The General Framework or Primacy of the Social Dimension (Principles)
TOWARDS AN HUMAN-DEVELOPMENTAL INTERPRETATION OF THE EU’S ECONOMIC CONSTITUTION
Human-developmental Goals and the Lisbon Treaty
To see labour law in developmental terms would by no means be an entirely novel approach in the context of EU social policy. Significant elements of the existing corpus of EU labour law can be understood using this model. The substantial body of equal treatment law which originated in the equal pay provisions of the Treaty of Rome and was later broadened to include a much wider range of prohibited grounds of discrimination provides one example.51 It is in this context that the use of the capability approach to justify a social rights-based interpretation of discrimination law has already entered the discourse of the Court.52 There is considerable scope for the further operationalization of the capability approach at the level of juridical analysis.
The issue to consider here is how far this process can be advanced by the changes made by the Lisbon Treaty. As stated above, there are three changes of particular relevance to labour law: (i) the restatement of the values and objectives of the EU; (ii) the clarification of the competences of the EU and the Member States; and (iii) the recognition accorded to fundamental social rights in the form of the Charter.
Article 3 TEU states that the Union ‘shall establish an internal market’ and goes on to say that in addition it shall work for the sustainable development of Europe based on balanced economic growth and price stability, a highly competitive social market economy, aiming at full employment and social progress, and a high level of protection and improvement of the quality of the environment.
The internal market is to be ‘established’, while sustainable development is a goal to be ‘worked for’ through mechanisms which include the social market economy but also price stability and ‘balanced’ growth. The social market economy is, apparently, put on an equal footing with price stability as a means to an end, while the establishment of the internal market is stated to be a goal in itself. This is not at first sight an advance on the old Article 2 of the EC Treaty, under which the establishment of the common market, along with economic and monetary union and a number of other common policies, was stated to be a means of achieving various ends, namely, a harmonious, balanced and sustainable development of economic activities, a high level of employment and of social protection, equality between men and women, sustainable and non-inflationary growth, a high degree of competitiveness and convergence of economic performance, a high level of protection and improvement of the quality of the environment, the raising of the standard of living and quality of life, and economic and social cohesion and solidarity among Member States.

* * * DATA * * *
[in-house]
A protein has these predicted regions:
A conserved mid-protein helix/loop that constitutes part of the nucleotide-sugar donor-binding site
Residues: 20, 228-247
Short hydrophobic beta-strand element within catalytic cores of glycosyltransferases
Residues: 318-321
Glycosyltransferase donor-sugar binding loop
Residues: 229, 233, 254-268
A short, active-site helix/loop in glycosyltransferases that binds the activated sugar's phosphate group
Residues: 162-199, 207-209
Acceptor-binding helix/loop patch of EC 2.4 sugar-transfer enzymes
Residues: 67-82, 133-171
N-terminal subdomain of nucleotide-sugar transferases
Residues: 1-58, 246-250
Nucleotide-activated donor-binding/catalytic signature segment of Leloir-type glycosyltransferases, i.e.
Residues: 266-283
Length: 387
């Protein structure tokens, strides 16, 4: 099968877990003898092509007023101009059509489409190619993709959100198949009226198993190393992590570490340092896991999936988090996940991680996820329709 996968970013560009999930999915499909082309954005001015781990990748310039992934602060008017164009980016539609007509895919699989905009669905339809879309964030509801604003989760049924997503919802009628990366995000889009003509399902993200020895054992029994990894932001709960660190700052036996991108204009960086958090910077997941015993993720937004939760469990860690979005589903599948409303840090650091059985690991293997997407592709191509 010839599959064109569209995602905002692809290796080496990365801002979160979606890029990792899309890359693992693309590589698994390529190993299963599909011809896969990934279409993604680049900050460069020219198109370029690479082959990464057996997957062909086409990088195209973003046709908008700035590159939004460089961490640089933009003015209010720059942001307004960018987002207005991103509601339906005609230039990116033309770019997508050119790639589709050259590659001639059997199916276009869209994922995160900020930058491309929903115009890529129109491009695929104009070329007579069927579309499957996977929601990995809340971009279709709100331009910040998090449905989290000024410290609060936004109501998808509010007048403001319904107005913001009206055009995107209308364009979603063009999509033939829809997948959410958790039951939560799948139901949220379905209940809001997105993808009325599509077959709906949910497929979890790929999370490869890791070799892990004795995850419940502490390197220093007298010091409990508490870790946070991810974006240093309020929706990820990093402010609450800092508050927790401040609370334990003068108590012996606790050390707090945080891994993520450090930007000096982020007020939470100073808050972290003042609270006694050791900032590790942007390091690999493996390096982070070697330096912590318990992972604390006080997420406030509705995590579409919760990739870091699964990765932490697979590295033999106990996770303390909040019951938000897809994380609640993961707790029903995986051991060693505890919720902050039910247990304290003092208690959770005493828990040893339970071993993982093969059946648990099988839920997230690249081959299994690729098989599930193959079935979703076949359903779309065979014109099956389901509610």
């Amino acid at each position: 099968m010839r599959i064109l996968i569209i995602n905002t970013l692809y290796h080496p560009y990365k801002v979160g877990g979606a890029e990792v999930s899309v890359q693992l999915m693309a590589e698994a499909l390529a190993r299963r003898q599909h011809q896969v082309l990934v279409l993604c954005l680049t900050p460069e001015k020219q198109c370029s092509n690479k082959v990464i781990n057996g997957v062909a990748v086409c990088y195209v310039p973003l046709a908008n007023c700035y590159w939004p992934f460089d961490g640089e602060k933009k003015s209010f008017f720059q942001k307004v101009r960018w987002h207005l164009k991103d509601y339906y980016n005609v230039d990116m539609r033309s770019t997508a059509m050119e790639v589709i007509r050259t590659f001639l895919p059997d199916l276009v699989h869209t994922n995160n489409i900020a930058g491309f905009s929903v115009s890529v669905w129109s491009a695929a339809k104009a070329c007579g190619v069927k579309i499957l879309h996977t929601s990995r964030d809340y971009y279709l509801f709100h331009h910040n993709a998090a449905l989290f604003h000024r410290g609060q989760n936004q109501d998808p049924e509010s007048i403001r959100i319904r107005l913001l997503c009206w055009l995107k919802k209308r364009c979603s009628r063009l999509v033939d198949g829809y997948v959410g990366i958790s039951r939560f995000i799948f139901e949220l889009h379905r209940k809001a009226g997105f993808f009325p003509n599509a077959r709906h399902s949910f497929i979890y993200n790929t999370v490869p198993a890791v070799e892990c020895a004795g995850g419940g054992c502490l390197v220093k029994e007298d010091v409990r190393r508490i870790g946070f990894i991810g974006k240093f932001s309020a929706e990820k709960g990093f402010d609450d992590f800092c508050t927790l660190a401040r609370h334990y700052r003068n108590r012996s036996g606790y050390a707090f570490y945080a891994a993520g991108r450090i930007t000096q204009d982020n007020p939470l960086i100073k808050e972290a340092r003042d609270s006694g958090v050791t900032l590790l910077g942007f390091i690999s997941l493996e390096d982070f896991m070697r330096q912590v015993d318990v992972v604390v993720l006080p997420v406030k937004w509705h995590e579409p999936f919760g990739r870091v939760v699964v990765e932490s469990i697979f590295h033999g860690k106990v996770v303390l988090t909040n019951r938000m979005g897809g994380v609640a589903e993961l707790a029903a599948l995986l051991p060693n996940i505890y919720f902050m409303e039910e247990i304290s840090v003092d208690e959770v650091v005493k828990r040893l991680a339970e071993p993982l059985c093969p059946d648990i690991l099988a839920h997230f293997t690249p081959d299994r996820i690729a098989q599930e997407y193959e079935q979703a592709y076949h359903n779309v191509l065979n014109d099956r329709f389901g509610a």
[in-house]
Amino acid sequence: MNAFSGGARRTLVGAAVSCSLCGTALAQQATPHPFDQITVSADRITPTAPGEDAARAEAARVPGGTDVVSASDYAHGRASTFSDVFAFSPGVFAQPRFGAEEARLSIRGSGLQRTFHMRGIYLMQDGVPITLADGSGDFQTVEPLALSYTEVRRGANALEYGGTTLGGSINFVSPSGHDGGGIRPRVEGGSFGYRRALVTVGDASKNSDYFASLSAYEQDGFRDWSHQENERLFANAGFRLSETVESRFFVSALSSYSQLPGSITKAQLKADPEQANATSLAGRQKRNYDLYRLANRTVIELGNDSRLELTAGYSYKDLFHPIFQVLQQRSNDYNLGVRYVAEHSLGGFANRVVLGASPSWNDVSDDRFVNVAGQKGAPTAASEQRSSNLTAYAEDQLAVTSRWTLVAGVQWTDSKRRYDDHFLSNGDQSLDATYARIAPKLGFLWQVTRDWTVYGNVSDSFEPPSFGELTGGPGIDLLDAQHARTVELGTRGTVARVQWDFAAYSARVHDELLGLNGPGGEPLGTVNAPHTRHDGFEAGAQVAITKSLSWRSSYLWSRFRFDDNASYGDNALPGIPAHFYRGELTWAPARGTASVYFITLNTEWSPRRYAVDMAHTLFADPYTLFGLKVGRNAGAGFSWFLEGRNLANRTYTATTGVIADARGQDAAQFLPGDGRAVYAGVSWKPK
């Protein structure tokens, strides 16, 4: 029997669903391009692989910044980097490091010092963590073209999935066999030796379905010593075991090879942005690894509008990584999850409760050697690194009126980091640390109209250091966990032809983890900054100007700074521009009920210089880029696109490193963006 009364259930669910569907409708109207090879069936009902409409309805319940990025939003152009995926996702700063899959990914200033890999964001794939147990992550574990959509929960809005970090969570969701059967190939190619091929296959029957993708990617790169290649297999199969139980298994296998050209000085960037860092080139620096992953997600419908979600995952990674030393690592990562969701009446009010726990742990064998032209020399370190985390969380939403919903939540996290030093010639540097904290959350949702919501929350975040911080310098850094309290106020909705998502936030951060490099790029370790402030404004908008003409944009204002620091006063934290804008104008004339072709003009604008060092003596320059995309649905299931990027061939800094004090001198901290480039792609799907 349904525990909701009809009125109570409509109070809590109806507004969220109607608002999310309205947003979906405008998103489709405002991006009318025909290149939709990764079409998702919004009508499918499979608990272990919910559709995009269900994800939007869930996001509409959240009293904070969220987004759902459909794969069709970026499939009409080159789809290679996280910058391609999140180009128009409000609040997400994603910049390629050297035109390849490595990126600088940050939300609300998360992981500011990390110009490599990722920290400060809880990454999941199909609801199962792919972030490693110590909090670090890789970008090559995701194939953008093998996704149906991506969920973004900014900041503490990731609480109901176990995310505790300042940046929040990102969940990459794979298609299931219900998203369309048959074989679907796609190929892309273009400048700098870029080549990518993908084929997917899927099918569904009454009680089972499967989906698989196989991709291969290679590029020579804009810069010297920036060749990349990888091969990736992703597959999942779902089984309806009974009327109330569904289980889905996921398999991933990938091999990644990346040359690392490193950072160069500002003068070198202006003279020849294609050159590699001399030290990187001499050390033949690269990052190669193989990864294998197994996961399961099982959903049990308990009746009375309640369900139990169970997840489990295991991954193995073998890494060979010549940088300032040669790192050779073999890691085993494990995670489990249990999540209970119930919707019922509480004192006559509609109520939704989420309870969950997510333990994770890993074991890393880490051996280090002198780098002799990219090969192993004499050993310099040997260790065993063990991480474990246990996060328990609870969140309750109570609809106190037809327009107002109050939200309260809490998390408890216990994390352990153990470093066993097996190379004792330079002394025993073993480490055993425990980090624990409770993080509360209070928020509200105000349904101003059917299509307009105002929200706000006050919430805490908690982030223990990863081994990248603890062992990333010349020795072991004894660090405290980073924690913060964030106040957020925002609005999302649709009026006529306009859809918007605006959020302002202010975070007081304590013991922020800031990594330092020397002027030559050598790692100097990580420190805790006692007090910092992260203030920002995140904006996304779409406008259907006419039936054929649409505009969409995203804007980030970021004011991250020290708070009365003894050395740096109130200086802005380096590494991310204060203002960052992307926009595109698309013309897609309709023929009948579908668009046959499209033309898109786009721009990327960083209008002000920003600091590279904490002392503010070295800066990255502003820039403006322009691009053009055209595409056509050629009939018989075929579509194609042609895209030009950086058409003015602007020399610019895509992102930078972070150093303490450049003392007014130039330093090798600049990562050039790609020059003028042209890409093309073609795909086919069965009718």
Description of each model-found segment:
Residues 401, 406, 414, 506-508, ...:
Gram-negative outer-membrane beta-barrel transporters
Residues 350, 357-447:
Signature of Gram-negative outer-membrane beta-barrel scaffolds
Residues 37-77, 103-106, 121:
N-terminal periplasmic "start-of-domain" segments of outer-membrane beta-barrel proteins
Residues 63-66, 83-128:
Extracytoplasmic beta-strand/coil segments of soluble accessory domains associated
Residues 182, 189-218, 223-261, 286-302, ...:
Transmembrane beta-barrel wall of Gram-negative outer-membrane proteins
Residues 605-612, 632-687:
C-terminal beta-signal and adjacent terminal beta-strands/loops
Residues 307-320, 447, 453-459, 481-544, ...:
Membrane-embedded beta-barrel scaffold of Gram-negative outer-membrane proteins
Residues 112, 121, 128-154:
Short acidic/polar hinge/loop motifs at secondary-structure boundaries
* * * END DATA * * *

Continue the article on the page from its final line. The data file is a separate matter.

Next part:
The internal market, together with the other objectives set out in the new Article 3 TEU, can however been seen as means of achieving the values listed in Article 2 of that Treaty, namely ‘human dignity, freedom, democracy, equality, the rule of law and respect for human rights, including the rights of persons belonging to minorities’. Thus the internal market remains a means to various ends, not an end in itself.
Moreover, the objectives set out in Article 3 include not just the reference to sustainable development based on (among other things) the ‘social market economy’, but the ‘[combating] of social exclusion and discrimination’ and the ‘[promotion] of social justice and protection, equality between women and men, solidarity between generations and protection of the rights of the child’. The structure of Article 3 implies that the promotion of these social objectives is seen as a goal of the Union on a par with the establishment of the internal market, rather than being viewed as a consequence of it, as the old Article 2 TEC implied. On this interpretation, the taking of active steps to promote social goals separately from those taken to establish the internal market is now one of the Union’s principal purposes.
In the context of these changes, it would be inappropriate to confine the idea of the social market economy by reference to its ordoliberal origins. The reference to the social market economy in the draft Constitutional Treaty was described as not simply conceptually flawed, but as ‘empty’ of meaning given that the ‘the historical compromise that the concept once embodied is no longer alive’.53 The postwar conditions in which the idea of the social market was mobilised no longer hold. Ordoliberalism, as a body of thought, has become increasingly aligned with Hayekian and neoliberal positions, thereby losing any sense that it offers a justification for social policy within a market-based economic order. Leaving aside the anachronism of the idea of the social market, the view that labour law is needed to offset some of the negative consequences of economic integration retains some validity. But this is a very limited conception of the economic role of labour law. To see labour law as intervening, ex-post, to soften the worst effects of an integration process that in other respects is allowed to be carried on without restraint, would be to return social policy to the marginal and subordinate role that it occupied in the Rome Treaty.